The drama of Ukraine and Greece has left old-fashioned economic data in the shade so far this year but, quietly, there are some signs of improvement for the moribund euro zone economy.
EU foreign ministers hold an extraordinary meeting today after their leaders have asked them to consider possible new sanctions on Russia. A final decision to impose them is likely to be left to their bosses who meet in next month and again in March.
Mario Draghi’s peerless track record of eliciting the market response he wants remains unblemished after the ECB’s quantitative easing surprised on the upside – at 60 billion euros a month for at least 19 months it will exceed 1 trillion euros.
The prospect of dramatic European Central Bank action – coupled with the deflationary threat posed by a plunge in the price of oil and the pain it inflicts on oil producing countries – is putting the financial system under growing stress.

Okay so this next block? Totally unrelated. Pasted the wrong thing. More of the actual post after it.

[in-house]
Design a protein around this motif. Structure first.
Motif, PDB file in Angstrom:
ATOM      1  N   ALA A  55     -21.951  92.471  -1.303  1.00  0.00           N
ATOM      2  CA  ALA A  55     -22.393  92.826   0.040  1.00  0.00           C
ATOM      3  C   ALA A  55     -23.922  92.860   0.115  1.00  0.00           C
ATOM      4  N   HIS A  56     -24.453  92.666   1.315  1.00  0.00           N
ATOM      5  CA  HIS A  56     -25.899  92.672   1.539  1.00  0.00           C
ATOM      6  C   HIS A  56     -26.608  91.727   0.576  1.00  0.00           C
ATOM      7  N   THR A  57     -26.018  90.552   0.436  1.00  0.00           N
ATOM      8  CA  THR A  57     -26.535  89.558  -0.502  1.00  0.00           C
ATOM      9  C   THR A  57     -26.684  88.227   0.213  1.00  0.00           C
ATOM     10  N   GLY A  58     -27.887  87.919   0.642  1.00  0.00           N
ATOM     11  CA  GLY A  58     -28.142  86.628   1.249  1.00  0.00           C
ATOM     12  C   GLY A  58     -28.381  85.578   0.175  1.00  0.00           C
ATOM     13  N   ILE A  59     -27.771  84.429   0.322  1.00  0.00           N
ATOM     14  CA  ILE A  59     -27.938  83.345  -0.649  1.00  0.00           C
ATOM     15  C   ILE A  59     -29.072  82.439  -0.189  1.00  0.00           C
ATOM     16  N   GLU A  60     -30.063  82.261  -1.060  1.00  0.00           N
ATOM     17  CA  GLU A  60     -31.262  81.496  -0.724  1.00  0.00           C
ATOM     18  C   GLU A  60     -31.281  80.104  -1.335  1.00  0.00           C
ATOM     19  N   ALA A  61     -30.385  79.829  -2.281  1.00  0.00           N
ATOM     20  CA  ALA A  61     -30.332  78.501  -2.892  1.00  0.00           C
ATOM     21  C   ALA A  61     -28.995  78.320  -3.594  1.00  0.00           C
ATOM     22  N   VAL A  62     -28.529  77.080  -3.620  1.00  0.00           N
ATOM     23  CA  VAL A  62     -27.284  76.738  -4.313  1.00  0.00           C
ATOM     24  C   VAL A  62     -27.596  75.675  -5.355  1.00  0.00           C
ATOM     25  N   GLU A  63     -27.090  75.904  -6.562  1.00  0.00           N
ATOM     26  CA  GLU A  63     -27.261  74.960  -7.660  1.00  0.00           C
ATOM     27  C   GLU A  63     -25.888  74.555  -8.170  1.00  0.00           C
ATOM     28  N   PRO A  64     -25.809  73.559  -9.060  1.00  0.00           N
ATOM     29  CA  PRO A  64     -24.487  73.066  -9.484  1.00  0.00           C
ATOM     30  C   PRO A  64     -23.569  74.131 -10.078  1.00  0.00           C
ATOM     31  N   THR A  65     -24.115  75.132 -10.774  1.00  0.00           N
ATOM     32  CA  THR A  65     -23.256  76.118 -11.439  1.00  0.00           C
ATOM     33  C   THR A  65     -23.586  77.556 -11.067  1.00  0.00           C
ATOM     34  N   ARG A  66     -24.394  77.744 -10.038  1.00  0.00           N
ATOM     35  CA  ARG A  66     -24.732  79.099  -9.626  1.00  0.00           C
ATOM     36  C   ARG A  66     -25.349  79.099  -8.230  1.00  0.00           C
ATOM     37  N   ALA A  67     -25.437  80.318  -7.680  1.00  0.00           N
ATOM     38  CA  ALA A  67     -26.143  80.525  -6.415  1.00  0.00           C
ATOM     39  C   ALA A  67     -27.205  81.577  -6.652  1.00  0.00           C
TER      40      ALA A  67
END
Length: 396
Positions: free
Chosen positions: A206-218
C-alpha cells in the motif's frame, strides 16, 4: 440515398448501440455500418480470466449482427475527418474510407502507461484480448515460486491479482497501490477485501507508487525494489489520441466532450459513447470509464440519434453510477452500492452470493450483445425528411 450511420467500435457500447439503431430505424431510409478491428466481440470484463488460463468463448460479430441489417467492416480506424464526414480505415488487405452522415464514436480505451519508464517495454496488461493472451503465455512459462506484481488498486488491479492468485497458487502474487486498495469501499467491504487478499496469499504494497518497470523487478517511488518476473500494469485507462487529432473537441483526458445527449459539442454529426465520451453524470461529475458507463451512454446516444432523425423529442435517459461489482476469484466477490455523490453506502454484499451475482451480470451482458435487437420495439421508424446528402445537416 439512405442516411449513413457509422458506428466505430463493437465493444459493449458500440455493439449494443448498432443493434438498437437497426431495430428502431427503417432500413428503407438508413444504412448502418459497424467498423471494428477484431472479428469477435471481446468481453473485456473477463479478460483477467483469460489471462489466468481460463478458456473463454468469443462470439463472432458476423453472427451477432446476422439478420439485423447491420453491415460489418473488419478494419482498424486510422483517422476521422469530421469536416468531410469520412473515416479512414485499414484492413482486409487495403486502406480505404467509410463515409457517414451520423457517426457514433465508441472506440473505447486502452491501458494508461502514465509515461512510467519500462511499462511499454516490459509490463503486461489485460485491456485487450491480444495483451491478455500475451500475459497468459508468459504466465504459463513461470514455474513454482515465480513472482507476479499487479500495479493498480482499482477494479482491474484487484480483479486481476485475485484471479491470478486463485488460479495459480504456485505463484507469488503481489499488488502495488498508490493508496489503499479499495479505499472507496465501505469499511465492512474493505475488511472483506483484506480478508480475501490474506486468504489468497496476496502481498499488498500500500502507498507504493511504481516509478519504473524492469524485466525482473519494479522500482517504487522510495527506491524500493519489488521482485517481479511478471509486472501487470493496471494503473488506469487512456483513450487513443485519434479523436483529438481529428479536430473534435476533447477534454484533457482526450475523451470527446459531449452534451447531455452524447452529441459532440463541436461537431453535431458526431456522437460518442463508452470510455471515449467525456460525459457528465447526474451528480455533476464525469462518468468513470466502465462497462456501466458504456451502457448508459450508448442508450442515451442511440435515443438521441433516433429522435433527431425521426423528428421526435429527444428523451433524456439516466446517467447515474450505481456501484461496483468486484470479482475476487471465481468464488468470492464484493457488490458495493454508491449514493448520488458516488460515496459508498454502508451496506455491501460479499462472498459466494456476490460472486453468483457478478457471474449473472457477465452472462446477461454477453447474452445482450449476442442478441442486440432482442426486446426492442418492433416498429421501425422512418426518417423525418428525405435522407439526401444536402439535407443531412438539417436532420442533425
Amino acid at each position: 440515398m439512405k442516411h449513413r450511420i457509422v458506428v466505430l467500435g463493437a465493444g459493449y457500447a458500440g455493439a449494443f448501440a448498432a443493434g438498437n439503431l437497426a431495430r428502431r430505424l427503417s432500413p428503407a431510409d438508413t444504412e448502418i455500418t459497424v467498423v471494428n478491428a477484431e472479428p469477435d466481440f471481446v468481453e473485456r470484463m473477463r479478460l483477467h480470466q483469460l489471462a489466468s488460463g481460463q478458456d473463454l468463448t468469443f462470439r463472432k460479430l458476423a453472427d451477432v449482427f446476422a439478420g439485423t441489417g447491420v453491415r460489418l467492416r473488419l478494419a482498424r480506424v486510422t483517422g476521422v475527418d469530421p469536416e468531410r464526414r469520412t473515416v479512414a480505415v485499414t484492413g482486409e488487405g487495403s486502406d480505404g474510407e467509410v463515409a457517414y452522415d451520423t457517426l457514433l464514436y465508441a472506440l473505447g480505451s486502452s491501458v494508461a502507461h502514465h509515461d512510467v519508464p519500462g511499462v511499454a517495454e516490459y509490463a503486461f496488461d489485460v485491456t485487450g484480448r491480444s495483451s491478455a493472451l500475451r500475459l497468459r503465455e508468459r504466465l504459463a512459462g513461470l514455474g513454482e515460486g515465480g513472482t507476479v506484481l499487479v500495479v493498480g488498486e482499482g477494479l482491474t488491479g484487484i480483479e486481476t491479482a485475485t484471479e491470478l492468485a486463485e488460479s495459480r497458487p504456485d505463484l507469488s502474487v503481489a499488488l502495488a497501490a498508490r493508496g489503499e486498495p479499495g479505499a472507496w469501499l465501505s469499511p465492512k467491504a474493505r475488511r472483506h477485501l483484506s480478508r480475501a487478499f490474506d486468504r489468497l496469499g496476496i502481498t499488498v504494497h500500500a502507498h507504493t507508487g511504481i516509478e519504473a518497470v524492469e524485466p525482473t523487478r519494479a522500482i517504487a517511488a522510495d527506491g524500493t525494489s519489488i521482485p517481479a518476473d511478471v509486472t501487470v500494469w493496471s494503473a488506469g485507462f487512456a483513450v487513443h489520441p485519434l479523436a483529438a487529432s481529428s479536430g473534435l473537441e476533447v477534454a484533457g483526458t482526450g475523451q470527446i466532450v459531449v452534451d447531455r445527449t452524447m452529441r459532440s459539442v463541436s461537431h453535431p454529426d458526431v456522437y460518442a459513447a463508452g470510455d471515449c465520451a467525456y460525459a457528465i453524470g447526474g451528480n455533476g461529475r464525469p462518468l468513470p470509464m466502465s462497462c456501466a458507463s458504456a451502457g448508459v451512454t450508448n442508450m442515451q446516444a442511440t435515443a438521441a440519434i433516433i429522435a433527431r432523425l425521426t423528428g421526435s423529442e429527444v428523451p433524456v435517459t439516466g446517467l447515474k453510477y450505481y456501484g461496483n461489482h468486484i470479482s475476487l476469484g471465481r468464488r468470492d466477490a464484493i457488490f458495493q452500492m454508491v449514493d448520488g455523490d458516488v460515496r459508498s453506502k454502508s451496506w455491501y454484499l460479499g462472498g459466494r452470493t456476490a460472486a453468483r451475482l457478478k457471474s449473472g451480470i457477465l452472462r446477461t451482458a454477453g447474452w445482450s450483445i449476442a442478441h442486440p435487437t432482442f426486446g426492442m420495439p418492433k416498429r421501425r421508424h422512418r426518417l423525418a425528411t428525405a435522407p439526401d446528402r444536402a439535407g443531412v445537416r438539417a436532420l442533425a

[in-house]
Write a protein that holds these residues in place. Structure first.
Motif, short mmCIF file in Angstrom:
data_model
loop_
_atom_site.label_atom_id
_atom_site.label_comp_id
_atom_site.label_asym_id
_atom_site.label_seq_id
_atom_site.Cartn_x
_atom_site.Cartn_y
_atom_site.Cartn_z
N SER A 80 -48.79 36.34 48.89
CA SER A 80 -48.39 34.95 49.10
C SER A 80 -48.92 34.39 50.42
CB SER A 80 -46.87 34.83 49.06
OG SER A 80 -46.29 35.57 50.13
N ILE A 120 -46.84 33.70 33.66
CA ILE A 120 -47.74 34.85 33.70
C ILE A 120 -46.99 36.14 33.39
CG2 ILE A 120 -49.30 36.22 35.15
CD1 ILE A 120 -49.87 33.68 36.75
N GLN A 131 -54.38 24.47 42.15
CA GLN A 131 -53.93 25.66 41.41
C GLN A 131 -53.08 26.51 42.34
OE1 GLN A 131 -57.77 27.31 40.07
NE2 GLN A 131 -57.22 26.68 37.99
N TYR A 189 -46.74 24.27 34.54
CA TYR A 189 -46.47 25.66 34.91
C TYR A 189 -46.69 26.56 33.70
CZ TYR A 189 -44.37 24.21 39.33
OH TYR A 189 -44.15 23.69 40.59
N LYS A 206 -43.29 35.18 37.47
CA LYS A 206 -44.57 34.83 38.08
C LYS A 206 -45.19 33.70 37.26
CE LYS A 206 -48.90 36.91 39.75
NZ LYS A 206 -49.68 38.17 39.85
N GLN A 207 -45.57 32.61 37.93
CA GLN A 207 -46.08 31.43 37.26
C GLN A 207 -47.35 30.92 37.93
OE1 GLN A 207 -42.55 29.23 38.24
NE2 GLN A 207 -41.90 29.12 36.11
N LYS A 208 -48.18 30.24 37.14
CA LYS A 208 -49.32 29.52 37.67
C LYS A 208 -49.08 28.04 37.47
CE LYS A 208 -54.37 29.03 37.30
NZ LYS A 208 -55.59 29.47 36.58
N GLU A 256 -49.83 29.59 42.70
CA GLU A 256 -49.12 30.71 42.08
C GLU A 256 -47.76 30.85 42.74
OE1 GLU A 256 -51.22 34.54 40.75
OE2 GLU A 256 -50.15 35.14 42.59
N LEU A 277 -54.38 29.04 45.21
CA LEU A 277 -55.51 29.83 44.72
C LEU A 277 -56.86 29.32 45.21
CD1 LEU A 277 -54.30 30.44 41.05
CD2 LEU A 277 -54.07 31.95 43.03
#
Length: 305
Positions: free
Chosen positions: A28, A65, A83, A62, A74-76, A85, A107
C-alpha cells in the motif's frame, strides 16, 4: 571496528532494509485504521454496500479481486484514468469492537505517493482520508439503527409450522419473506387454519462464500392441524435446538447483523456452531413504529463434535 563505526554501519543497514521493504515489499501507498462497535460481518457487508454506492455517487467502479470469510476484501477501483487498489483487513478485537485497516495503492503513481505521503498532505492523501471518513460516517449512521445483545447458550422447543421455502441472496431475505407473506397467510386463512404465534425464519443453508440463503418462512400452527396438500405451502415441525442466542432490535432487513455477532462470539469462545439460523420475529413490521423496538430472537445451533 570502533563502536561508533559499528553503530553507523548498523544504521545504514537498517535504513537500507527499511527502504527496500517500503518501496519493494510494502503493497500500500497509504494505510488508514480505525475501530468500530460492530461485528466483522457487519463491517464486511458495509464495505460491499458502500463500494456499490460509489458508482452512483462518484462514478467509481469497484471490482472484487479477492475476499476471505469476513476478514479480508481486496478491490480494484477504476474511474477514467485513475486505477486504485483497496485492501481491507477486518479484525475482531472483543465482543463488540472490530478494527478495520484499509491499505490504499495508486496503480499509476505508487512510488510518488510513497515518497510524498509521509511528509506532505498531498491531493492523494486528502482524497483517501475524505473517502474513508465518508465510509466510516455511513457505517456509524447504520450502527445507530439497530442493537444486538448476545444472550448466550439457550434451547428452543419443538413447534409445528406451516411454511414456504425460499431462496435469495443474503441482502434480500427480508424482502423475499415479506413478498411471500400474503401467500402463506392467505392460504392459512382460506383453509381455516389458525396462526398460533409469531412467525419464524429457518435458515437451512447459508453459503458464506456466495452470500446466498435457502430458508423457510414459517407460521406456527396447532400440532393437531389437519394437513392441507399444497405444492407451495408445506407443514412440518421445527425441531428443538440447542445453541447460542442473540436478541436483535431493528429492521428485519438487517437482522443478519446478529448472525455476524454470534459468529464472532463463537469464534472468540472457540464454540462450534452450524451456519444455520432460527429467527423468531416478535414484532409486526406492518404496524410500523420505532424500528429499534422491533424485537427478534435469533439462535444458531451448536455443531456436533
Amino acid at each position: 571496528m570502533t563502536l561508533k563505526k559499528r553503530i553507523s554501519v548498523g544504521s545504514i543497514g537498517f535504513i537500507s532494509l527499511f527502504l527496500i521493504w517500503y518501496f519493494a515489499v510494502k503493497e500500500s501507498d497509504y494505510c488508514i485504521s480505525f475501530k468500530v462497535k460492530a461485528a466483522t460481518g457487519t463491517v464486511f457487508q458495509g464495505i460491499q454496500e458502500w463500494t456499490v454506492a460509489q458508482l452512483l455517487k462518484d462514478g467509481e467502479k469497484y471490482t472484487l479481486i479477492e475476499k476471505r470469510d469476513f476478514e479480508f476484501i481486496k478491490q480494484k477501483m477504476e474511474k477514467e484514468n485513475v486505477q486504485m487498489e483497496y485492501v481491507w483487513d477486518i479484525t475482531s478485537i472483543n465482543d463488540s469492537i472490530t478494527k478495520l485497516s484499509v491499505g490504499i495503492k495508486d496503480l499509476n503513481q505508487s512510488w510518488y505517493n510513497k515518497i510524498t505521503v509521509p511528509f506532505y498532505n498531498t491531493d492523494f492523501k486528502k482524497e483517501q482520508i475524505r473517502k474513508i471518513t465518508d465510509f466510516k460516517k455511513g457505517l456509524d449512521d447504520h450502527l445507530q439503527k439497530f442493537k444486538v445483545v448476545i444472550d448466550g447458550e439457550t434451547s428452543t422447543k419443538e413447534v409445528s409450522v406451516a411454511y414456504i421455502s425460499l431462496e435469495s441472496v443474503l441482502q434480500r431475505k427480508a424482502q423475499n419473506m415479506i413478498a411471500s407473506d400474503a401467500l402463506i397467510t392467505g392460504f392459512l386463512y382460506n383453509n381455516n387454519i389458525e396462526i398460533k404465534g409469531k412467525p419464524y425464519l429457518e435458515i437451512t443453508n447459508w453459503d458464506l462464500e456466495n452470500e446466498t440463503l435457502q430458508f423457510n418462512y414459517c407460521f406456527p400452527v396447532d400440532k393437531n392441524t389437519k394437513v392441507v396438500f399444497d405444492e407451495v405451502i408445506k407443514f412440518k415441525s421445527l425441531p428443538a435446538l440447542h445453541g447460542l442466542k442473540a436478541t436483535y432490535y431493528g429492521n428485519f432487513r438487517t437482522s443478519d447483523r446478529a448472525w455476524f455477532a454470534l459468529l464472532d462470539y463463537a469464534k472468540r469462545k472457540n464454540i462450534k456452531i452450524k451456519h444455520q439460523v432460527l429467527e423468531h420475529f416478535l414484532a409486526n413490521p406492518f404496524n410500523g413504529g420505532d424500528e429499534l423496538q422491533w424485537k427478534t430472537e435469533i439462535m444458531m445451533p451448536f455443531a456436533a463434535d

With six days until elections, the polls have been remarkably steady in Greece, giving anti-bailout Syriza a narrow but consistent lead that suggests this time next week it will be the largest party in parliament with a mandate to form a coalition government.
Markets are beginning to ponder just how definitive the European Central Bank may be next week in launching quantitative easing. One reason is today’s ruling at the European Court of Justice.